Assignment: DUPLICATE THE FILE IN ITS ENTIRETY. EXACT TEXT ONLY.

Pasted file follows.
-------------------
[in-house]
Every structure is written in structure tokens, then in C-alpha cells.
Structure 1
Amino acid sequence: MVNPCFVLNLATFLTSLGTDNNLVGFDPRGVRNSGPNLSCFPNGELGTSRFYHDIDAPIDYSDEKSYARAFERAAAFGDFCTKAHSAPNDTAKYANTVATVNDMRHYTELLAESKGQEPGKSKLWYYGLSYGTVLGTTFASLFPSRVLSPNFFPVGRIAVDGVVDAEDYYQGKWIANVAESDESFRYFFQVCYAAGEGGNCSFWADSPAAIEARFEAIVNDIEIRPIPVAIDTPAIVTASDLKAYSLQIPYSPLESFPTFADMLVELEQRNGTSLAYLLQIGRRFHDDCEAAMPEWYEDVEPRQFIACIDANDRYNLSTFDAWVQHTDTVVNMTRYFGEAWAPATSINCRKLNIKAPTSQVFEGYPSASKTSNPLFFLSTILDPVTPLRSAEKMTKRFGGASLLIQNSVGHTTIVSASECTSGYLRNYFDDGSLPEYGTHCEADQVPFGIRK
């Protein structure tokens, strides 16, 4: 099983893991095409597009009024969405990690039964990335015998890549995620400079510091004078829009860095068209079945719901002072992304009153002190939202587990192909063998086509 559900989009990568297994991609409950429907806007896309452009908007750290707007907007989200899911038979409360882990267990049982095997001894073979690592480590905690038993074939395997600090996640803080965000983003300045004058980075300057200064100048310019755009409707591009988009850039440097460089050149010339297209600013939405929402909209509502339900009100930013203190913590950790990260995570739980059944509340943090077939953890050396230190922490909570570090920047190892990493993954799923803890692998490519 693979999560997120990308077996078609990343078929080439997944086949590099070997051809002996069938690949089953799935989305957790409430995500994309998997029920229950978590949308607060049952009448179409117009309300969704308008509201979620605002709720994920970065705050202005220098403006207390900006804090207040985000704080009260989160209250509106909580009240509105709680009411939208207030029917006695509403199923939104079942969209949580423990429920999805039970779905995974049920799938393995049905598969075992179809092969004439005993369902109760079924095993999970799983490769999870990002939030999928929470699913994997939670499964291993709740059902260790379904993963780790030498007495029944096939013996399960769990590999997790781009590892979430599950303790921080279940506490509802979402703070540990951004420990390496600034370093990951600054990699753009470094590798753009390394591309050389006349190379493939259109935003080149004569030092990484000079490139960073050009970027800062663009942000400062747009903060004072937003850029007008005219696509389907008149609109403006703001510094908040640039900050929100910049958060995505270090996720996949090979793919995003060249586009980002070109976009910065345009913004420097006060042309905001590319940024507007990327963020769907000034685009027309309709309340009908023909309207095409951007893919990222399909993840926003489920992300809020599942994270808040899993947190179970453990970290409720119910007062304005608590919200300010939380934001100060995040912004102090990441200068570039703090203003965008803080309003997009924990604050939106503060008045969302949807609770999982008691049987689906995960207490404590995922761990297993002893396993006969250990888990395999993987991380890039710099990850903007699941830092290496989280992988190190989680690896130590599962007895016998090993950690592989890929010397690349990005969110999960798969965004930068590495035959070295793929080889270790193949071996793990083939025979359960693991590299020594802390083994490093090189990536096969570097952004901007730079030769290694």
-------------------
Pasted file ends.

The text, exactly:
[in-house]
Every structure is written in structure tokens, then in C-alpha cells.
Structure 1
Amino acid sequence: MVNPCFVLNLATFLTSLGTDNNLVGFDPRGVRNSGPNLSCFPNGELGTSRFYHDIDAPIDYSDEKSYARAFERAAAFGDFCTKAHSAPNDTAKYANTVATVNDMRHYTELLAESKGQEPGKSKLWYYGLSYGTVLGTTFASLFPSRVLSPNFFPVGRIAVDGVVDAEDYYQGKWIANVAESDESFRYFFQVCYAAGEGGNCSFWADSPAAIEARFEAIVNDIEIRPIPVAIDTPAIVTASDLKAYSLQIPYSPLESFPTFADMLVELEQRNGTSLAYLLQIGRRFHDDCEAAMPEWYEDVEPRQFIACIDANDRYNLSTFDAWVQHTDTVVNMTRYFGEAWAPATSINCRKLNIKAPTSQVFEGYPSASKTSNPLFFLSTILDPVTPLRSAEKMTKRFGGASLLIQNSVGHTTIVSASECTSGYLRNYFDDGSLPEYGTHCEADQVPFGIRK
């Protein structure tokens, strides 16, 4: 099983893991095409597009009024969405990690039964990335015998890549995620400079510091004078829009860095068209079945719901002072992304009153002190939202587990192909063998086509 559900989009990568297994991609409950429907806007896309452009908007750290707007907007989200899911038979409360882990267990049982095997001894073979690592480590905690038993074939395997600090996640803080965000983003300045004058980075300057200064100048310019755009409707591009988009850039440097460089050149010339297209600013939405929402909209509502339900009100930013203190913590950790990260995570739980059944509340943090077939953890050396230190922490909570570090920047190892990493993954799923803890692998490519 693979999560997120990308077996078609990343078929080439997944086949590099070997051809002996069938690949089953799935989305957790409430995500994309998997029920229950978590949308607060049952009448179409117009309300969704308008509201979620605002709720994920970065705050202005220098403006207390900006804090207040985000704080009260989160209250509106909580009240509105709680009411939208207030029917006695509403199923939104079942969209949580423990429920999805039970779905995974049920799938393995049905598969075992179809092969004439005993369902109760079924095993999970799983490769999870990002939030999928929470699913994997939670499964291993709740059902260790379904993963780790030498007495029944096939013996399960769990590999997790781009590892979430599950303790921080279940506490509802979402703070540990951004420990390496600034370093990951600054990699753009470094590798753009390394591309050389006349190379493939259109935003080149004569030092990484000079490139960073050009970027800062663009942000400062747009903060004072937003850029007008005219696509389907008149609109403006703001510094908040640039900050929100910049958060995505270090996720996949090979793919995003060249586009980002070109976009910065345009913004420097006060042309905001590319940024507007990327963020769907000034685009027309309709309340009908023909309207095409951007893919990222399909993840926003489920992300809020599942994270808040899993947190179970453990970290409720119910007062304005608590919200300010939380934001100060995040912004102090990441200068570039703090203003965008803080309003997009924990604050939106503060008045969302949807609770999982008691049987689906995960207490404590995922761990297993002893396993006969250990888990395999993987991380890039710099990850903007699941830092290496989280992988190190989680690896130590599962007895016998090993950690592989890929010397690349990005969110999960798969965004930068590495035959070295793929080889270790193949071996793990083939025979359960693991590299020594802390083994490093090189990536096969570097952004901007730079030769290694």